Affiliates have no names. Our names are publisher IDs. Sometimes we even have more than one. We occasionally exist as throw-away accounts, purposely insulated from advertisers to produce results for our affiliate networks. We are nameless. As nameless publishers we are only relevant while on top of our game and until the stats die down.

I’m over being nameless and without ownership. I’m not just a publisher ID.

My valuable work is getting lost in someone else’s portfolio under the tab “successful campaigns” and that’s just not acceptable for me anymore.

No name super affiliates who are ‘on top’ always remind me baseball players. There is a painful saying for pitchers. “You are only as good as your last outing.”

Let me use the name R.A Dickey for example.

Many of you just imagined a bearded NY Mets knuckleballer holding up the 2012 N.L Cy Young award. It’s true! The NY Mets beloved R.A Dickey won the 2012 NL CY Young award – in 2012.

2013 has been painfully different. He has been awful for the Toronto Blue Jays  under his brand new 2 year, 25 million dollar contact. Now the name R.A Dickey reminds many of a 39 year old who gives up monster home runs. Regardless, his name is attached to his work.  He has a name. The Blue Jays don’t take credit for his nasty knuckleball. That’s on him, he owns that.

With all of that said about ideas- to answer my own question, “what’s an idea worth?”

Ideas are worth what you charge for them and if you are a traditional publisher, you probably charge nothing.  In reality, your ideas are worth whatever someone is willing to pay or (in affiliate marketing) whatever the ROI is – after you have implemented and run your campaign.

That’s Why I’m Quitting Affiliate Marketing.

Truly there are many more reasons why I must quit affiliate marketing but none of them has to do with the common excuses of over saturation or market-share decline. I’m not going there.

Look, I remember when there were only 100 or so coveted affiliates at our Super Ballin’ conventions. It ain’t that, fellas.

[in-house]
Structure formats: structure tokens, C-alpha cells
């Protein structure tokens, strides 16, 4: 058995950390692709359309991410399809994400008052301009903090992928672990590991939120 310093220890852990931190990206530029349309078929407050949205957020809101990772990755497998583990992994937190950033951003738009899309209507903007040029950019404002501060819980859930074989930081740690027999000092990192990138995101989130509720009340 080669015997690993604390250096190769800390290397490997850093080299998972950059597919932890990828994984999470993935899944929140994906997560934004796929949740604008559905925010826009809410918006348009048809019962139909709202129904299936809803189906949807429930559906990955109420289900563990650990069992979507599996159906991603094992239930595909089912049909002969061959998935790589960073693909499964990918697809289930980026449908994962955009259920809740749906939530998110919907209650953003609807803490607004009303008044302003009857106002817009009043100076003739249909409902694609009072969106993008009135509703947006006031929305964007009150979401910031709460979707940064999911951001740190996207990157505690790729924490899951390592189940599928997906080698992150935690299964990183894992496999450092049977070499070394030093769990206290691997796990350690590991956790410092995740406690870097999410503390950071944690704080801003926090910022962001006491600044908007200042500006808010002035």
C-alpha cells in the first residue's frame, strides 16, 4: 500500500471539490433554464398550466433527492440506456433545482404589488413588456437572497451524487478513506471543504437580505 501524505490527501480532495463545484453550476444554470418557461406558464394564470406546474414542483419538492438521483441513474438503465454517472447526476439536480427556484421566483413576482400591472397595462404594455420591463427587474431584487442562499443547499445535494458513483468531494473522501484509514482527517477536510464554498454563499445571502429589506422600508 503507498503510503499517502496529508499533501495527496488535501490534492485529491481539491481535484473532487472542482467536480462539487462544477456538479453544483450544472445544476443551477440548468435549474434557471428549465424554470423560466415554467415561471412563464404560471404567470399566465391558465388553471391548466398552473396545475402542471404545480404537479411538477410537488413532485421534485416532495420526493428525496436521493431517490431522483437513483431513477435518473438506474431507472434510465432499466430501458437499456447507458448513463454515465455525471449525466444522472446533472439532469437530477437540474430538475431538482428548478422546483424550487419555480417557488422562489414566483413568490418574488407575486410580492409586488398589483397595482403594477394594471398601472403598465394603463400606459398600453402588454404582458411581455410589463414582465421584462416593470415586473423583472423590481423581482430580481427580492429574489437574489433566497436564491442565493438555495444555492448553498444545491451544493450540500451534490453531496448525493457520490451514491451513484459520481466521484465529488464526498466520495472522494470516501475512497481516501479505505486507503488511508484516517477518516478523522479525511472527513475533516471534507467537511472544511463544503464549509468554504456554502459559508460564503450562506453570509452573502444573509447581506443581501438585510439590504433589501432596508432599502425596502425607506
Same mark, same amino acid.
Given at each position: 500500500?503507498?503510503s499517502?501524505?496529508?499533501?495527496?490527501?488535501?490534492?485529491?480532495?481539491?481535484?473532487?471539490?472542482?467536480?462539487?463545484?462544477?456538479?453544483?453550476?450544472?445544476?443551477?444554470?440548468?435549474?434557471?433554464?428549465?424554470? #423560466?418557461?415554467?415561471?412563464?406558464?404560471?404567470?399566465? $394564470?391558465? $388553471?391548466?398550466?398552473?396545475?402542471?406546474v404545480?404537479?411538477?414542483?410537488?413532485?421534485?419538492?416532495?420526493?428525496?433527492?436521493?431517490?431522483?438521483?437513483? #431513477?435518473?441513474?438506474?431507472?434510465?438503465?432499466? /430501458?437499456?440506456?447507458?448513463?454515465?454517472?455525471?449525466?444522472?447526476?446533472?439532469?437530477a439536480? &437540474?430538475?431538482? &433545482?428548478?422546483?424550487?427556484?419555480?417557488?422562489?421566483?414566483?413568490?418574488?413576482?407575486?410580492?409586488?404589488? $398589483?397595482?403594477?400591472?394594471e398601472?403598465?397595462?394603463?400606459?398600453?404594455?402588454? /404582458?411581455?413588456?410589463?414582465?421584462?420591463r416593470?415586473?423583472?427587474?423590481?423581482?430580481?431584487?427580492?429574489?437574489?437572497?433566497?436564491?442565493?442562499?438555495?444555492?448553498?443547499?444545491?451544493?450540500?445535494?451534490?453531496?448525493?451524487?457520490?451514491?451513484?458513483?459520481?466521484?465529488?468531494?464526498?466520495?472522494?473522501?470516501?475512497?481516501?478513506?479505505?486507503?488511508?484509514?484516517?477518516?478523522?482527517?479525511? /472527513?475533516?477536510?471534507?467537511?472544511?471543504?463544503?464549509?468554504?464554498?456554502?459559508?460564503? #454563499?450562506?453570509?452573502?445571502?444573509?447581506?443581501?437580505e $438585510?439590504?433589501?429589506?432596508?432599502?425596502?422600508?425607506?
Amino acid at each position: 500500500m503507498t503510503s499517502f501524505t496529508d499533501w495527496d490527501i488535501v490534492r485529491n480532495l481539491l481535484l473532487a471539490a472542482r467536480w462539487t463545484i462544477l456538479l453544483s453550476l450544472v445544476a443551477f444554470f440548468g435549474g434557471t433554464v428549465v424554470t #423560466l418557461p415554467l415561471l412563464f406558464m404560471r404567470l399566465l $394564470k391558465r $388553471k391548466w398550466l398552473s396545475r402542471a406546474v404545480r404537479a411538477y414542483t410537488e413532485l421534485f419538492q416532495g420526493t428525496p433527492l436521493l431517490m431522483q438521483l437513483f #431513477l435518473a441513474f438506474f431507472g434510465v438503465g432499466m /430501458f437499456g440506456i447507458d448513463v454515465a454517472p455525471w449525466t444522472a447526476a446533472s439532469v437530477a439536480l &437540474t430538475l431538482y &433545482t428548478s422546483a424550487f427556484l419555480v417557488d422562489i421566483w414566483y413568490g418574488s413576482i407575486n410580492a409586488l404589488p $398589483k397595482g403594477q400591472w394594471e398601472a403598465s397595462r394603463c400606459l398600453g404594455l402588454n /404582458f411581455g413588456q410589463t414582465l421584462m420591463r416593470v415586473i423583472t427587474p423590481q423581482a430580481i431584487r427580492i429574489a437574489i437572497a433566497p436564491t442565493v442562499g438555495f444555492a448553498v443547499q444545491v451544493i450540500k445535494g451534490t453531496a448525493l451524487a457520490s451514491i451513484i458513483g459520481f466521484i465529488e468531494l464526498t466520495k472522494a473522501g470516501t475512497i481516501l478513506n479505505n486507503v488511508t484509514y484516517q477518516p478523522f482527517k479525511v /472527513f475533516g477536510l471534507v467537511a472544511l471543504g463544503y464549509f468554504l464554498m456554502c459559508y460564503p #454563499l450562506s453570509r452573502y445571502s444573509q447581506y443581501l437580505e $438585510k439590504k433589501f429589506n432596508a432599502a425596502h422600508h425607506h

Affiliate marketing didn’t outgrow me, I out grew it and I’m man enough to admit that I’m in the wrong business.

The hard truth is I have been on the wrong side of an industry with too few sides to be on – and none of which really satisfies (regardless of the money).

My friends,

like the fictional Don Draper who inspired me,

I’m done.

I’m done donating my blood, sweat and soul to wildly successful companies.

My ideas are worth millions and I’m tired of giving my services away for peanuts via affiliate marketing campaigns.

I’m fed up with paying to be a creative marketing department ‘rental’ for another Fortune 500ish company – many of which, if I’m not meticulous about the contract – will leave me with essentially a 3rd party advertising bill.

Like most of my marketing ideas, I found a ‘simple’ solution to the problem I was wrestling with.

I had to rename my company Wave7 Media Consulting and get back to the heart of what I enjoy. The affiliate campaigns had to be traded in for a more suitable outlet for valuable, unique marketing ideas. Now I can measurably give my clients what they need to be holistically successful while meeting their marketing goals.

Lately, my focus has shifted to affiliate campaign consulting as well as mobile strategy for traditional online marketing. Working with small to midsize clients has been an intensive, exciting transition.

I am available to select companies which have need for creative offer creation, unique marketing ideas, property branding, mobile reach, social media connection, user acquisition and overall quality results.

What's your opinion?